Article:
The company told the California Public Utilities Commission that it would give up or return to the agency $35 million in payments it received based on flawed workplace safety data, according to the Los Angeles Times.
Many of the ratings were distorted because of inadvertent omissions. Other information was kept out of the reports by managers, the company said.
"What this appears to be is an incentive...to underreport injuries. That's what happened here," said Robert Cagen, a PUC staff attorney.
Company officials said the problem mostly stemmed from minor safety incidents, but Edison still planned to return all the bonuses.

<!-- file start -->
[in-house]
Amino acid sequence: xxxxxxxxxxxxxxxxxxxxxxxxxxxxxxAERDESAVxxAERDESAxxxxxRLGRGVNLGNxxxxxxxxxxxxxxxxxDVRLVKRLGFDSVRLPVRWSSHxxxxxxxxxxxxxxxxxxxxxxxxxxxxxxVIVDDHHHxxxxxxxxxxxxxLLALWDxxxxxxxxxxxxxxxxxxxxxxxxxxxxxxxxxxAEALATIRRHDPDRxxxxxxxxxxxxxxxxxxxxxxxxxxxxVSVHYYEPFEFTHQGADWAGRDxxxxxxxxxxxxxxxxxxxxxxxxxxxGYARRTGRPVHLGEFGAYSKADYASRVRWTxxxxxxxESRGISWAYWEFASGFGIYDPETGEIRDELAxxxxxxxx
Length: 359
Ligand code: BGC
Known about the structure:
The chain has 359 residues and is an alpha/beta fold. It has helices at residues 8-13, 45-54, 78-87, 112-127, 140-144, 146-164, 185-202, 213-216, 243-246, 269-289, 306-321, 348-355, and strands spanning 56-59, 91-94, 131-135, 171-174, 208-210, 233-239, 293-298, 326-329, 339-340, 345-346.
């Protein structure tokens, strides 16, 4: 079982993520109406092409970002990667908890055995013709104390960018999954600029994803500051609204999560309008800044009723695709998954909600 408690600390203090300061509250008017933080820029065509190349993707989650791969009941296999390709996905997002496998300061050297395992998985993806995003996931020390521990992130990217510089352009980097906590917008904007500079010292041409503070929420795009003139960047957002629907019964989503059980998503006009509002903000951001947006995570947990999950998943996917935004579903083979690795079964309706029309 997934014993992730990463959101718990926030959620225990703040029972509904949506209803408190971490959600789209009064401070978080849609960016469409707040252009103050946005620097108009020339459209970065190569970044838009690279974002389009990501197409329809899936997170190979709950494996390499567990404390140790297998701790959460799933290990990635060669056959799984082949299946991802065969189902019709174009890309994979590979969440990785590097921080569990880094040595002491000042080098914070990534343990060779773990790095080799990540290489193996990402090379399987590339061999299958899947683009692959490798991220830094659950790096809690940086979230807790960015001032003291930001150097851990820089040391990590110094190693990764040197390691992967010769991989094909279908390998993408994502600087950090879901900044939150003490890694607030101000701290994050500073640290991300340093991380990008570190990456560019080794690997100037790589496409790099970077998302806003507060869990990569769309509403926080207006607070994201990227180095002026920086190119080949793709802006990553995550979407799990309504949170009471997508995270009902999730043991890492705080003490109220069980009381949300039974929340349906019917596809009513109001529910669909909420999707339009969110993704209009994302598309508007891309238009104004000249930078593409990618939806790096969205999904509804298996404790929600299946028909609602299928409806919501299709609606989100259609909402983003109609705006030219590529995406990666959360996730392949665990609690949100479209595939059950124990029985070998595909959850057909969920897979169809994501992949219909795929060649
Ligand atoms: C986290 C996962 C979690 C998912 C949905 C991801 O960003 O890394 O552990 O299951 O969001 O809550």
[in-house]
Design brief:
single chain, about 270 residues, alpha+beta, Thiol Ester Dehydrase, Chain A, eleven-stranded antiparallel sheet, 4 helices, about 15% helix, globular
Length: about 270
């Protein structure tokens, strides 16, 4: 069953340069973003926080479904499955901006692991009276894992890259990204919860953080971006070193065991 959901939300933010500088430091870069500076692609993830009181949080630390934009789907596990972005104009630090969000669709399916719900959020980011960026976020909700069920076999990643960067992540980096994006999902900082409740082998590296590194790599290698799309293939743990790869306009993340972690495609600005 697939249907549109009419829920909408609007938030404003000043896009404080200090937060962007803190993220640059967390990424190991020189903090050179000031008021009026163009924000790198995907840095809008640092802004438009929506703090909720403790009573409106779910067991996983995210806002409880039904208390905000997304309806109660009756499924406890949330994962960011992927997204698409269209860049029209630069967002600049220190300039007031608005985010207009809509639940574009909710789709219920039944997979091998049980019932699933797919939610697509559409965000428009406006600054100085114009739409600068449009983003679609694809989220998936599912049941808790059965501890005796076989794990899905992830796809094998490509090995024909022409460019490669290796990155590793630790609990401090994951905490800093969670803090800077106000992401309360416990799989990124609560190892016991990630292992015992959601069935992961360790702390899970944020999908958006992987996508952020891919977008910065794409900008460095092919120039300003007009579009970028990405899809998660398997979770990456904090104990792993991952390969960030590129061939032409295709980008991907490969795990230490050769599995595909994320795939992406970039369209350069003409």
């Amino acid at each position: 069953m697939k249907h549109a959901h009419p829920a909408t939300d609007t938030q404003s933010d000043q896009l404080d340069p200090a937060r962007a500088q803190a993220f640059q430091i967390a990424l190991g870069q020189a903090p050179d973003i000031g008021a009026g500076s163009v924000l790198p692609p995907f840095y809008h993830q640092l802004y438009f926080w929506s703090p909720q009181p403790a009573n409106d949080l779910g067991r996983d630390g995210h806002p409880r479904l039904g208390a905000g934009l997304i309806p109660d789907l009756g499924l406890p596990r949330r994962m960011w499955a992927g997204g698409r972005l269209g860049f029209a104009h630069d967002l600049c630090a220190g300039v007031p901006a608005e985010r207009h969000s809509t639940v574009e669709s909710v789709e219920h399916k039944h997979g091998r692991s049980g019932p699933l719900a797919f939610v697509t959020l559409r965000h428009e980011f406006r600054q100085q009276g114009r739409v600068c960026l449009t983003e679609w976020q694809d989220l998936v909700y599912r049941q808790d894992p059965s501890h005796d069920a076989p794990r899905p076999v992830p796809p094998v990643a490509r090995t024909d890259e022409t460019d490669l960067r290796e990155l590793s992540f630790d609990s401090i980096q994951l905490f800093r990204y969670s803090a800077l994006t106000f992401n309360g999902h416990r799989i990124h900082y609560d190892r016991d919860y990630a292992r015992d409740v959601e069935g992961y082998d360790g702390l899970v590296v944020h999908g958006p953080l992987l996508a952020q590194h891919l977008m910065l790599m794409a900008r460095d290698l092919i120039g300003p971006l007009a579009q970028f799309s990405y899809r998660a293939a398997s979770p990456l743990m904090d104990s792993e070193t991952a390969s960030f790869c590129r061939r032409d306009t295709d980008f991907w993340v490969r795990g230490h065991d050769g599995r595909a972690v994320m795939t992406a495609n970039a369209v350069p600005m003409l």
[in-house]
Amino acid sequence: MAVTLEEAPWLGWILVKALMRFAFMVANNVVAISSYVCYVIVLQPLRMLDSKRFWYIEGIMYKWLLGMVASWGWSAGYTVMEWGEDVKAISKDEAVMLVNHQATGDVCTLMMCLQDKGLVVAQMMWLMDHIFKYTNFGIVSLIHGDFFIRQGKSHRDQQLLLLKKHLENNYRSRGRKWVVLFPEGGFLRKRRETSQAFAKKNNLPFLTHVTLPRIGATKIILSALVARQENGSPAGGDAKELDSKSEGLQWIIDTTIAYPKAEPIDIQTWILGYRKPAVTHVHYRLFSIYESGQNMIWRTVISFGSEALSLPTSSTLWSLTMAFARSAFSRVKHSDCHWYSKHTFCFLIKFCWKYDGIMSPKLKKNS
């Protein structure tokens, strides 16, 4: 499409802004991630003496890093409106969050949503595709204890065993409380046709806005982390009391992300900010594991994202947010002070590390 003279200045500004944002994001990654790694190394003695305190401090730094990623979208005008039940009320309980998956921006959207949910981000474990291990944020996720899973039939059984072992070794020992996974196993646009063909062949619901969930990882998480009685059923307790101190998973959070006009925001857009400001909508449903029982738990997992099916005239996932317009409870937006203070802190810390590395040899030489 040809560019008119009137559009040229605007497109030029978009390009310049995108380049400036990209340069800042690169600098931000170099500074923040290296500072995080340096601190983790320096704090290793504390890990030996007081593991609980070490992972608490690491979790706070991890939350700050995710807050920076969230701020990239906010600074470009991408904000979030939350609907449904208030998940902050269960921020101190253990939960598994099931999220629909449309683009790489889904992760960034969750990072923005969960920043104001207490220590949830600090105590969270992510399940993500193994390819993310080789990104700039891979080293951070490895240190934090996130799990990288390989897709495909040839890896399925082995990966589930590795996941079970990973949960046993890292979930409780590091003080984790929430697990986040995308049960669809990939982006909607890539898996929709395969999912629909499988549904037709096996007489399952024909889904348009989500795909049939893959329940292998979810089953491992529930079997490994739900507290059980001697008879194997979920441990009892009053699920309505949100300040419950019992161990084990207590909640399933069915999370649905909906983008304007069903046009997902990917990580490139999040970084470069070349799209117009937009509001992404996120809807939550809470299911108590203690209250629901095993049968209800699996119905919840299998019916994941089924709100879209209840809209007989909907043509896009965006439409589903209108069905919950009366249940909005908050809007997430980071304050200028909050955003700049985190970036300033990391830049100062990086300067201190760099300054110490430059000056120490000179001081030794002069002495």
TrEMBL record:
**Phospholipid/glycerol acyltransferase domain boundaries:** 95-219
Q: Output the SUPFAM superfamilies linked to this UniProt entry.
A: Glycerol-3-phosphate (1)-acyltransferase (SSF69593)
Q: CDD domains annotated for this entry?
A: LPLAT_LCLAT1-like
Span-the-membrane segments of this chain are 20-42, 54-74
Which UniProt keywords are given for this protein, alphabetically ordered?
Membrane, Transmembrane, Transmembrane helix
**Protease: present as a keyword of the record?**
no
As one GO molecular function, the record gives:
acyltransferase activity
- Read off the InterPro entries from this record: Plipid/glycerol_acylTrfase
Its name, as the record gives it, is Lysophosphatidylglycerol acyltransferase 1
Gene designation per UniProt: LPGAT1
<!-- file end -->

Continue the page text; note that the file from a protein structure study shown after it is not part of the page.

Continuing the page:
"We're just going to offer to give it all back because we don't have a database to support it," said Stephen Pickett, Edison's general counsel.
Company officials said most of the problems in the safety reporting came from Edison's failure to record first-aid incidents, such as requests for bandages or ice packs, the Times reported.
"We've discovered that we simply never set up a comprehensive system of tracking and reporting the first-aid cases," Pickett said.
The company also said it found evidence that incentives rewarding good safety practices "may have discouraged the reporting of some incidents" and may have produced "pressure to not report injuries."
The company said it would amend its filings with the California Division of Occupational Safety and Health (Cal/OSHA).
The bonuses include $20 million the company has already received, plus $15 million it was expected to receive for 2001 through 2003.